It might have seemed strange to many to see Ross Taylor stride to the middle for the coin toss in the one-off test against Zimbabwe recently, but not to Daniel Vettori.
The 32-year-old was back in the hutch watching for the signs to see if he should don the whites and prepare for a day in the field or settle in for the morning as interested spectator.
It was the first occasion in the on-going career of Daniel Vettori the test cricketer rather than the more onerous one of Daniel Vettori the captain, selector, kit man, bus driver and national saviour. It was a new era and one the 32-year-old welcomed.
"I really enjoyed it, actually,'' Vettori said of the experience of merely playing Zimbabwe, when he took eight wickets and scored 71 runs in a man-of-the-match performance.
His body language supported this. He was never particularly demonstrative as captain, certainly not in the Graeme Smith league of finger pointing and arm waving, but he appeared relaxed. Vettori has carried a fair bit of extra weight in recent years and it's not just the bushy beard around his jaw.
He didn't have to worry about declarations, bowling changes, field placements and extra net sessions. And he certainly didn't have to bother himself over the off-season in the makeup of New Zealand's ever-changing coaching and support staff.
"Not being involved in all that, I thoroughly enjoyed it and it's nice to just be with the family and have the phone off the hook a little bit more than normal,'' he says. "That's continued on to playing and just being able to concentrate on my own game. I still hope I'm helpful to ross and some of the younger guys in the team and able to pass on some knowledge, but it's not sitting up all night or during the day thinking about other players and what you need to do for them and how to improve the team.''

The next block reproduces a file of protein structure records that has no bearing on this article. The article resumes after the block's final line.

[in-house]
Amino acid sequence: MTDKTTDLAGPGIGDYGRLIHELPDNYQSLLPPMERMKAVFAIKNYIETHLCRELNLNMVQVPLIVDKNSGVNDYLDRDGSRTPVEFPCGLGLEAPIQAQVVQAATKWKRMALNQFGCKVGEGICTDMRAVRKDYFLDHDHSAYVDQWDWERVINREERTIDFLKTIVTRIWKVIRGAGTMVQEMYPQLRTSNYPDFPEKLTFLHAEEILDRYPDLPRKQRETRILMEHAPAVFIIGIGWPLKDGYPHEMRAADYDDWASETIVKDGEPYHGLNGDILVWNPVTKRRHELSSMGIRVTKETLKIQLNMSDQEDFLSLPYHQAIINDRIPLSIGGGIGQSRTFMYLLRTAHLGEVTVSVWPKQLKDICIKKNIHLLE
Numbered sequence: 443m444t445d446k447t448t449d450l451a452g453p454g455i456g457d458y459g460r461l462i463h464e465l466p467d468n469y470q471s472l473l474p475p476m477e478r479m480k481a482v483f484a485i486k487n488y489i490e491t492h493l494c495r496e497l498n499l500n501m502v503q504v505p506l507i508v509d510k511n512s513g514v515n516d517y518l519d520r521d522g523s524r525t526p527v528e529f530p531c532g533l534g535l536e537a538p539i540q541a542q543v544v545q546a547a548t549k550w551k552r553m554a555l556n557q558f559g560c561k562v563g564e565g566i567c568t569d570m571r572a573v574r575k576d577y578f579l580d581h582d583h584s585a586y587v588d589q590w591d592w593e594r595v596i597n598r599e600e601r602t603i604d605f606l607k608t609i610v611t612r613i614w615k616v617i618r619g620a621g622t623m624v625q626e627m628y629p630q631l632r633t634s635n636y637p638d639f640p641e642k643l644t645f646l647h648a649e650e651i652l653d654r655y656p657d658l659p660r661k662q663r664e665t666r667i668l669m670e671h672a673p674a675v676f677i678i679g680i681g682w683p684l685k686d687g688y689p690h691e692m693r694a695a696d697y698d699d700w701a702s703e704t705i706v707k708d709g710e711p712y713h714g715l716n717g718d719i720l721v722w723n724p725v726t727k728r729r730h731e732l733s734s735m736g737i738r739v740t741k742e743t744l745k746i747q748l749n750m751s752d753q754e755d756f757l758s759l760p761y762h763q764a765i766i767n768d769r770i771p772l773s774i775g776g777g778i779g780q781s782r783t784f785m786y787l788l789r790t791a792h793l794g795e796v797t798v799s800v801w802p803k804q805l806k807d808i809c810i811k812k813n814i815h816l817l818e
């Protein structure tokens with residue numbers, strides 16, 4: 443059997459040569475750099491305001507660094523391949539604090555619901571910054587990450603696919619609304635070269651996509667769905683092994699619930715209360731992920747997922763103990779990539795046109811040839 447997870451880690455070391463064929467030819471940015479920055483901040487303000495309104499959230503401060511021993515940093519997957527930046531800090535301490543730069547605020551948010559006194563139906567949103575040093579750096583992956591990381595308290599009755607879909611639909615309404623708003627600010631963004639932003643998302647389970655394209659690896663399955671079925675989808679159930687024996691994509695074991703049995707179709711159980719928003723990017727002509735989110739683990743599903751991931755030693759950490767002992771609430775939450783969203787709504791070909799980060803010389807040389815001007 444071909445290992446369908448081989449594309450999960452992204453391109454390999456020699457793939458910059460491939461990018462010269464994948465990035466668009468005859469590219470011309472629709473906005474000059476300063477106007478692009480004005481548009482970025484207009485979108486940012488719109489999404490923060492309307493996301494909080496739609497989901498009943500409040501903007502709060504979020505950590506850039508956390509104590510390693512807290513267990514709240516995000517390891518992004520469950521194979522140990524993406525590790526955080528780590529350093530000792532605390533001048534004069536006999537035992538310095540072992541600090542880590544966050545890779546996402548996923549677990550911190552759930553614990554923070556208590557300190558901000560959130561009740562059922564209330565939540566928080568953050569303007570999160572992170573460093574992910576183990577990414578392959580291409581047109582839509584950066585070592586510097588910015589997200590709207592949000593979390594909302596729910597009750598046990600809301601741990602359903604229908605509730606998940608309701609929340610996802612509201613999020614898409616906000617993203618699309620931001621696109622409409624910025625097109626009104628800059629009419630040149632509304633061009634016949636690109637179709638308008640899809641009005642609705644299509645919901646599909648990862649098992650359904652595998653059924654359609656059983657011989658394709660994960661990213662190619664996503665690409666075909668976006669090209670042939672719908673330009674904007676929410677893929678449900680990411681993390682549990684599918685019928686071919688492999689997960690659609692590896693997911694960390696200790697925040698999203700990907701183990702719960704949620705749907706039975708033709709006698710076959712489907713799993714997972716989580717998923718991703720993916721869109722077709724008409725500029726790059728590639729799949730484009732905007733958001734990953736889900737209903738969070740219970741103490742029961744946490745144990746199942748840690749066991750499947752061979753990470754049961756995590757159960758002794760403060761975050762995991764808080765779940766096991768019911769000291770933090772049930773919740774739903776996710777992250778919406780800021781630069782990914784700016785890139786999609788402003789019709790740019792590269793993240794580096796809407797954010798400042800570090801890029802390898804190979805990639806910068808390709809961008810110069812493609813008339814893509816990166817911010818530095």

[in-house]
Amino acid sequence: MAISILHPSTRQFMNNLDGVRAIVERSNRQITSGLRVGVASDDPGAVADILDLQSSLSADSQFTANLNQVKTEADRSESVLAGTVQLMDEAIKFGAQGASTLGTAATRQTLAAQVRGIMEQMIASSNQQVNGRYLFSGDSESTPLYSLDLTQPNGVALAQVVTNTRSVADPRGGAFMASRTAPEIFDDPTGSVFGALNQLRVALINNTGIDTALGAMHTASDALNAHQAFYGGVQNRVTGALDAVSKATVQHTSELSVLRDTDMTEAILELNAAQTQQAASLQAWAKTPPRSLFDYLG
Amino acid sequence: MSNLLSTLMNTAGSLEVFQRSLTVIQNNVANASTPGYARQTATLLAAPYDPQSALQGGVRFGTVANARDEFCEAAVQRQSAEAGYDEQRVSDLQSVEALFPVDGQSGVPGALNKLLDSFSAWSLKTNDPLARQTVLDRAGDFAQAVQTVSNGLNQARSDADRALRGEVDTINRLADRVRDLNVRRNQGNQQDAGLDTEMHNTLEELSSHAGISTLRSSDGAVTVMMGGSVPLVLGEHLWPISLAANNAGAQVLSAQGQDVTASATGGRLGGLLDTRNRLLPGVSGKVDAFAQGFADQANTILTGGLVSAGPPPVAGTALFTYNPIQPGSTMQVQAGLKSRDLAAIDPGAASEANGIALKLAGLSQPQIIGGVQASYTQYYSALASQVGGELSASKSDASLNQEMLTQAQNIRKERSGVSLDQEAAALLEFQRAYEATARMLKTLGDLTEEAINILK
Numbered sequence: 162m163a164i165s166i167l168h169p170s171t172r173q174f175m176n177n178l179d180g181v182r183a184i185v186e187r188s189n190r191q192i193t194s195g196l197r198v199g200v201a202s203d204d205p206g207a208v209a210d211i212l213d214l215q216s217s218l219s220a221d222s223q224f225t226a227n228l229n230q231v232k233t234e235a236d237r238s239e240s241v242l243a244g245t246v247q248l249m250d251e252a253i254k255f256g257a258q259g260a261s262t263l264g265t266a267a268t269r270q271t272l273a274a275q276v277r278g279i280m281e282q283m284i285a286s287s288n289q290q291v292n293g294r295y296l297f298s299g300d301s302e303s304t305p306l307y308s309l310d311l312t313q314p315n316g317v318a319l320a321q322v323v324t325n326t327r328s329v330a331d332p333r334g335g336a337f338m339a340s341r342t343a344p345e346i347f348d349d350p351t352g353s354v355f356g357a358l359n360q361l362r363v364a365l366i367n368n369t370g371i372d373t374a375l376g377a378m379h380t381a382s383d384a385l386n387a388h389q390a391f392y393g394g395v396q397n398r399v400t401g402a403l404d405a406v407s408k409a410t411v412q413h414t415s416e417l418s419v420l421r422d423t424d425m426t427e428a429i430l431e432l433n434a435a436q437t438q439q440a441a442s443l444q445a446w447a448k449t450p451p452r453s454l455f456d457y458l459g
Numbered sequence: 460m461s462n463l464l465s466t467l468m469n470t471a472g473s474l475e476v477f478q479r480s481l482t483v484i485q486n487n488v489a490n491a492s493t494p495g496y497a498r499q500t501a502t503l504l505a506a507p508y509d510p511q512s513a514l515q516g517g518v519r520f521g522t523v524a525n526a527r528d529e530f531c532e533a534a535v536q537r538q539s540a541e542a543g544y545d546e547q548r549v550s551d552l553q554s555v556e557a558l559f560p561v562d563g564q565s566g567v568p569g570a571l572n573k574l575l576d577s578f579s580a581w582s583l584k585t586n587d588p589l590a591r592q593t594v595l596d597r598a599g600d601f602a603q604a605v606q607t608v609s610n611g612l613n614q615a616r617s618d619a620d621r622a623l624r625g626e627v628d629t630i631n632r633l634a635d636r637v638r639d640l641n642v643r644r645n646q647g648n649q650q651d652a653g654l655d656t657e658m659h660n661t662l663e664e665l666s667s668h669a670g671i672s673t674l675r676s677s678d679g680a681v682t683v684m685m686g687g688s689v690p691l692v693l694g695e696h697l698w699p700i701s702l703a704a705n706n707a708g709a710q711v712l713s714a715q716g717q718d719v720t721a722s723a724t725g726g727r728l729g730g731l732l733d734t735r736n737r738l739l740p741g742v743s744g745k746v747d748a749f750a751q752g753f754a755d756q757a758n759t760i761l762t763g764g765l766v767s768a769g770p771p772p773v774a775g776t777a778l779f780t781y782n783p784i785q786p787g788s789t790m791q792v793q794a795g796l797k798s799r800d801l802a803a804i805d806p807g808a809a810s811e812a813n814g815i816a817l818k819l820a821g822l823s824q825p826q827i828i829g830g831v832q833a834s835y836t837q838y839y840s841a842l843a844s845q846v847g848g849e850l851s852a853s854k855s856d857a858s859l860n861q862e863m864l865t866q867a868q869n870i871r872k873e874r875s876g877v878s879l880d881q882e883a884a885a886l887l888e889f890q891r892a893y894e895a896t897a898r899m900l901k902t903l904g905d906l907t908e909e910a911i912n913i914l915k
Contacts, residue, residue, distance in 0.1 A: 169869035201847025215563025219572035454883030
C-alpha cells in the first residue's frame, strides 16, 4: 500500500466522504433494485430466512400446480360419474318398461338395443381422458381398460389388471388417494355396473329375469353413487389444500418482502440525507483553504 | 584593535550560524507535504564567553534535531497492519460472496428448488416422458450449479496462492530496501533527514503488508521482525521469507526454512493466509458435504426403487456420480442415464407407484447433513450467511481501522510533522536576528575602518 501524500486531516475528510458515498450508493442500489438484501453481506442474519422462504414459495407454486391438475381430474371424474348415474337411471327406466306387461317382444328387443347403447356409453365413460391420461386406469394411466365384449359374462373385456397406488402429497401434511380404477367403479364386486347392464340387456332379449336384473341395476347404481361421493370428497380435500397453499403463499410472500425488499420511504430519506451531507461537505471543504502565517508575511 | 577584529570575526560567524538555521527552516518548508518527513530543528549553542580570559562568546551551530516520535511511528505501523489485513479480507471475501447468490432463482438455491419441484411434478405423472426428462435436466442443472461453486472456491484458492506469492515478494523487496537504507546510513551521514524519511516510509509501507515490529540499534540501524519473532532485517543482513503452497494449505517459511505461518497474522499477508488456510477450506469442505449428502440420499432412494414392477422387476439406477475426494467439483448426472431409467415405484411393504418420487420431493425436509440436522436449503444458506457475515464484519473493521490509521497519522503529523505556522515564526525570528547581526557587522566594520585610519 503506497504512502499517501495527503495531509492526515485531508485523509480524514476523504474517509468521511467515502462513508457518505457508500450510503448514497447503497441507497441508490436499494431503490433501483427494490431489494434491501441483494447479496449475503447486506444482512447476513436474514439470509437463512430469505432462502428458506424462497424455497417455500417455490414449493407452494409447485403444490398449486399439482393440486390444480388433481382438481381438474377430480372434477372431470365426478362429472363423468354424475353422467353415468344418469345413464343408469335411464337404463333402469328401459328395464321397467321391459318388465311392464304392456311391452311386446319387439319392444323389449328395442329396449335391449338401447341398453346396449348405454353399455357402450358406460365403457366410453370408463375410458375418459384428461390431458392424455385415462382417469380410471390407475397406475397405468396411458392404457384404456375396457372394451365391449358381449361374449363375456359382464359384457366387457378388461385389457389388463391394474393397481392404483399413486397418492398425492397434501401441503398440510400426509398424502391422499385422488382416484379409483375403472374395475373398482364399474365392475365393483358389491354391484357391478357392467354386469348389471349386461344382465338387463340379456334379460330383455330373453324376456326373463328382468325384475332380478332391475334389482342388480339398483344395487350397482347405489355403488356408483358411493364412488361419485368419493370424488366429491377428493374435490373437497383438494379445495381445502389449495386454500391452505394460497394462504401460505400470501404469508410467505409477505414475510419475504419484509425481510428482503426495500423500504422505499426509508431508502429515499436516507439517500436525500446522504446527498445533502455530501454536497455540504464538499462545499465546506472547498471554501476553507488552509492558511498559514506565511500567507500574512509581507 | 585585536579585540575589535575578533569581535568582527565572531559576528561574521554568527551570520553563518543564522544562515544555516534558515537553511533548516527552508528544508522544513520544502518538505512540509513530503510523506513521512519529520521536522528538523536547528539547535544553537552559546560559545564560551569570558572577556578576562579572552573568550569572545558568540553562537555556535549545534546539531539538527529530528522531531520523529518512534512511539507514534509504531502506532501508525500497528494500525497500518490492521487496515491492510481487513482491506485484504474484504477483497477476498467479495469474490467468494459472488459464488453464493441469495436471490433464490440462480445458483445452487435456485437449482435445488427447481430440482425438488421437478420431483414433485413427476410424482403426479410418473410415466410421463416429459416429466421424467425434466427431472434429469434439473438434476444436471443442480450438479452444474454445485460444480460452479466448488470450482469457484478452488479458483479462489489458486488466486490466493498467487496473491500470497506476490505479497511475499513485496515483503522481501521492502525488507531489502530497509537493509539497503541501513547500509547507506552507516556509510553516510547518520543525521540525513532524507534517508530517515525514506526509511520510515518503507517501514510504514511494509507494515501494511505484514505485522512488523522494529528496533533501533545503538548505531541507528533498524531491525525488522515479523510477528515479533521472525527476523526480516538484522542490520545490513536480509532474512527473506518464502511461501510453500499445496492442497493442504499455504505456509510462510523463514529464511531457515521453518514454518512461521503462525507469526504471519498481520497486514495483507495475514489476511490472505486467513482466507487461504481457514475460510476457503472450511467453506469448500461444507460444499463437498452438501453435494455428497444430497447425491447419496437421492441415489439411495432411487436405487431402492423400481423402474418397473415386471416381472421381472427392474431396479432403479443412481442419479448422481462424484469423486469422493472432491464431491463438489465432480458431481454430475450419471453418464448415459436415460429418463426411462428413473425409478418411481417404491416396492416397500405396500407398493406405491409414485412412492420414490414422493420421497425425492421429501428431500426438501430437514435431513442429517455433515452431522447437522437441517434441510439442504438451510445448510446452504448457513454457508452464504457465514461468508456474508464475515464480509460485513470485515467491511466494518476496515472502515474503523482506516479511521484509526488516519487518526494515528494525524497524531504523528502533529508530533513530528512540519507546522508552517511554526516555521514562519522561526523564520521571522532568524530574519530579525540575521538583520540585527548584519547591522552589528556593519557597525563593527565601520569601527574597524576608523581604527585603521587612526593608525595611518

Vettori has some significant goals he still wants to achieve, not least of all surpassing Sir Richard Hadlee's 431 test wickets. Vettori is presently on 353 wickets and, with 15 tests in the next 15 months, has a good chance to improve his tally.
It's a heavier diet of test cricket than normal and with tours of Australia, West Indies, India, Sri Lanka and South Africa as well as the home series against Zimbabwe, South Africa and England he has a good chance of closing in on Hadlee. He averages 3.3 wickets a test and, if he can play all 15 tests, could expect to nudge over 400 wickets by the end.
It might seem a little selfish to target individual goals but cricket is a game where individual success leads to team success and Taylor knows he can rely on his senior spinner.
He can also rely on Vettori for advice but Vettori appears to want to give Taylor space to find his own style as captain.
"I talked to him maybe two or three times [about tactics] during the test match,'' he says. "I think Ross has a really good grasp of the game and also a good grasp of my bowling, which is the most integral part of my relationship with him on the field.
"He did a lot of things I wouldn't do and they worked out really well for the team [like bringing on Martin Guptill to dismiss Tino Mawoyo on the fifth day]. The reason we won that test match was down to some of this moves. I can sit back and think it's all in good hands and not worry about it at all. I was able to be just a player. I think I will play a lot longer than being a captain so it was pretty easy to sit back.''
His plan remains the same. He might have given away one-day and Twenty20 internationals for the foreseeable future but hopes to play in the 2015 World Cup being hosted by Australia and New Zealand.
This week he's playing his first Plunket Shield match for Northern Districts in five years and he will also play for the Knights in all of their Twenty20 fixtures (he's not playing one-dayers) as well as a handful of guest appearances for Queensland in Australia's Big Bash Twenty20 competition.
He still gets his "fix'' captaining his IPL side but it's not the same.
And it's just the way Vettori wants it.